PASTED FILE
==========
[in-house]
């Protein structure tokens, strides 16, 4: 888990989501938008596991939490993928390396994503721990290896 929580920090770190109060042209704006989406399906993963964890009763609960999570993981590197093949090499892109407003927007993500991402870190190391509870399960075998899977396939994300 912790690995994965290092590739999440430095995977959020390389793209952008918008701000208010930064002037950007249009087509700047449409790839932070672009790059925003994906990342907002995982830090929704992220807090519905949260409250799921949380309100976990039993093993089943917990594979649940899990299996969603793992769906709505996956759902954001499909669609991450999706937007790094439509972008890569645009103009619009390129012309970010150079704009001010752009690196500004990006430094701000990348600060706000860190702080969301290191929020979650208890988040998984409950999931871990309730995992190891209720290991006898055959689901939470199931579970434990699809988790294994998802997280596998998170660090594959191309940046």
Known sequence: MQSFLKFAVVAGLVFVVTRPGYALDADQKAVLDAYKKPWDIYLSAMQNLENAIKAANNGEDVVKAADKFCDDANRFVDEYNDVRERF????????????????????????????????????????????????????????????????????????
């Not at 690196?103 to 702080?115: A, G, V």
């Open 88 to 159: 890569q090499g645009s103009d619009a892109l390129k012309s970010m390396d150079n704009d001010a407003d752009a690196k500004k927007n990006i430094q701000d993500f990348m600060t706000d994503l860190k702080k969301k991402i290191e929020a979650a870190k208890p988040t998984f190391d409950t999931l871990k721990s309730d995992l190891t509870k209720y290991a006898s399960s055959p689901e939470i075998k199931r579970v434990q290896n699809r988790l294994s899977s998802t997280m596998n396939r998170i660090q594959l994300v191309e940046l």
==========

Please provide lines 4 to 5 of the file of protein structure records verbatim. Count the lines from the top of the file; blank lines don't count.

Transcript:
């Not at 690196?103 to 702080?115: A, G, V």
């Open 88 to 159: 890569q090499g645009s103009d619009a892109l390129k012309s970010m390396d150079n704009d001010a407003d752009a690196k500004k927007n990006i430094q701000d993500f990348m600060t706000d994503l860190k702080k969301k991402i290191e929020a979650a870190k208890p988040t998984f190391d409950t999931l871990k721990s309730d995992l190891t509870k209720y290991a006898s399960s055959p689901e939470i075998k199931r579970v434990q290896n699809r988790l294994s899977s998802t997280m596998n396939r998170i660090q594959l994300v191309e940046l």